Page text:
ADEN , port and city in S.W. Arabia, now part of the Federation of South Arabia, possibly identical with the Eden referred to in Ezekiel 27:23. Aden had a medieval Jewish community of great importance for the history of Jewish letters. It reached its peak during the 12th century. About 150 letters and documents written in, sent to, or concerning Aden were found in the Cairo Genizah. In addition, Yemenite Jews of that period communicated with other Jewish communities via Aden. By the end of the 11th century there was a "representative of the merchants" in Aden, Abu Ali Hasan (Heb. Japheth) ibn Bundar (probably a name of Persian origin). He bore the Hebrew title sar ha-kehillot ("chief of the congregations"), which indicates that he was head of the Jewish communities of both Aden and *Yemen. His son, *Maḍmūn, was "nagid of the Land of Yemen."
In addition to business and family ties, there were communal and religious relations between the Jews of Aden and practically all the Jewish communities of the Islamic empire. "Aden and India" formed one juridical diocese: the Jewish merchants and craftsmen of about 20 different ports of India and Ceylon were under the jurisdiction of the rabbinical court of Aden. In Yemen itself the authority of the court of Aden extended as far as Saʿda, the northernmost important Jewish community of the country. In turn, the rabbinical court of Aden regarded itself subordinate to that of the Egyptian capital, which had been instituted by the head of the Palestinian academy. In a letter addressed in 1153 to Old Cairo, the rabbis of Aden describe themselves as authorized by their exilarch and their nagid, but add that they acknowledge their "masters in Egypt" as an authority higher than themselves (see Strauss (Ashtor), in Zion, 4 (1939), 226, 231).
Conflict of Religious Authority
Because of relations with both Iraq and Palestine-Egypt, the Jewish community of Aden was drawn into the rivalry between the respective Jewish authorities. The dissensions of the Old Cairo community were transmitted to Aden, where they erupted in the spring of 1134. On the Sabbath before Passover that year, a scholarly Jew from Saʿda was asked to lead the community in prayer. Following his home custom and the written instructions of the nagid Maḍmūn, he mentioned both the exilarch and the Palestinian gaon in his sermon. However, the Old Cairo opponents of Maẓli'aḥ, who happened to be present, objected; and a cousin of the exilarch, recognized as his representative, forced the scholar from Saʿda to recant his error publicly. After Passover the merchants from North Africa and Egypt who went to Aden – most of them ardent followers of the Palestinian gaon – gathered around Ḥalfon b. Nethanel Dimyati, known in Hebrew literature as an intimate friend of the poet Judah Halevi. The followers of Maẓli'aḥ even threatened to apply to the Fatimid authorities to settle the dispute, but did not carry out the threat.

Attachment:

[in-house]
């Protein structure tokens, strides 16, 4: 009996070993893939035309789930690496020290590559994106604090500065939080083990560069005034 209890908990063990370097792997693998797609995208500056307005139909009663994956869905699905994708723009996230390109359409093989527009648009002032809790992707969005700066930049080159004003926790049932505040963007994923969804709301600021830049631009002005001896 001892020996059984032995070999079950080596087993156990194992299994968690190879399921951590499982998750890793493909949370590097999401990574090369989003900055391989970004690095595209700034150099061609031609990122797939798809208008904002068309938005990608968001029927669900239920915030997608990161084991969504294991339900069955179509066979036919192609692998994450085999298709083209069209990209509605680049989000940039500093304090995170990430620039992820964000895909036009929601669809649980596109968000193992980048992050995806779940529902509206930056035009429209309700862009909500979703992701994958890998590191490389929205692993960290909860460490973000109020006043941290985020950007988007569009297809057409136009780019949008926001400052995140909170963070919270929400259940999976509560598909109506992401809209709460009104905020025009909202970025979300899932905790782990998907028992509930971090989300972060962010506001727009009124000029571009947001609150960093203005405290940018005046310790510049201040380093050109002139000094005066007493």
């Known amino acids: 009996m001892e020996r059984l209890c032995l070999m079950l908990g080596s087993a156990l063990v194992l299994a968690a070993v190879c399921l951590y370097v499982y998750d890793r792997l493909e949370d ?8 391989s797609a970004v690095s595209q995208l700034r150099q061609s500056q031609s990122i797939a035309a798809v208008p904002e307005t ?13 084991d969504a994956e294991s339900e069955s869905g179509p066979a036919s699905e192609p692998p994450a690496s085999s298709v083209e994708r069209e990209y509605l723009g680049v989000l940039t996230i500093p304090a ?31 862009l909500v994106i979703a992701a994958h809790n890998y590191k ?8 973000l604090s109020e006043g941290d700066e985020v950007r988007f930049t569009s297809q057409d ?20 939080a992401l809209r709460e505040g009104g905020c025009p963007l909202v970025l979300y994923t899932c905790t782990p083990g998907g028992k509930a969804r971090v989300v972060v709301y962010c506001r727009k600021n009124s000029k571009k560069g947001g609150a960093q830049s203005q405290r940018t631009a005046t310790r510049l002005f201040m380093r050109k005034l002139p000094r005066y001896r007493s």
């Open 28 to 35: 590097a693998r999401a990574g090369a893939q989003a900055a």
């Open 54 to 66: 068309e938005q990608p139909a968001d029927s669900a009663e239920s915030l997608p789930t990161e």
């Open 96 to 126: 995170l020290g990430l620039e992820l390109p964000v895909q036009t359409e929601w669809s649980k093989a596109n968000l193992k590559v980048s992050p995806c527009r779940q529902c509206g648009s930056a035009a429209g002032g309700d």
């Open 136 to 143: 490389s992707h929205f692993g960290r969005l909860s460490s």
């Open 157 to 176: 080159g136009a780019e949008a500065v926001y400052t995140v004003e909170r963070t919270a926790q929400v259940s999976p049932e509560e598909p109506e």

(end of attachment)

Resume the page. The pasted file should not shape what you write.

It is known that at the end of the 11th or the beginning of the 12th century the Jews of Aden contributed regularly to the upkeep of the academies of Iraq (see Goitein, in Tarbiz, 31 (1961/62), 363). Maḍmūn and other well-to-do merchants of Aden also sent regular contributions consisting partly of money and partly of precious Oriental spices and clothes to the gaon and members of the rabbinical court in Old Cairo.
The Jews of Aden and Yemen submitted religious queries to the scholars of Egypt even before the time of Maimonides. For example, Maḍmūn once sent gaon Maẓli'aḥ a set of translucent Chinese porcelain accompanied by the religious query, often repeated in later sources, whether china should be regarded ritually as glass or pottery. Isaac b. Samuel ha-Sephardi, one of the two chief judges of Old Cairo between 1095–1127, sent responsa to Yemen, which, like Maimonides' letters to Yemen, were certainly sent via Aden. (See the article on *nagid for the later negidim of Aden and Yemen.)
The Aden tradition of contributing to the academies of Iraq and Palestine was extended to that of *Maimonides. A very large donation for it is indicated in a letter sent from Aden. Abraham, Maimonides' son and successor, answered queries addressed to him by the scholars of Aden.
Adani and Yemenite Jews
The impressive number of chiefs of congregations and negidim of Aden in the 11th and 12th centuries and later may be misleading: these notables did not exercise authority over the Jews of Yemen throughout the whole period. Despite the close connection between the Jews of Aden and those of inner Yemen, there were tangible differences between them, and they were referred to as "Adani" and "Yemeni," respectively, when traveling abroad. In the 12th century Adanis were found in Egypt and as far west as Mamsa in Morocco (cf. dit, no. 109 (= manuscript Cambridge, t.-s., 12. 1905), Yosef al-ʿAdanī al-Mamsāwī).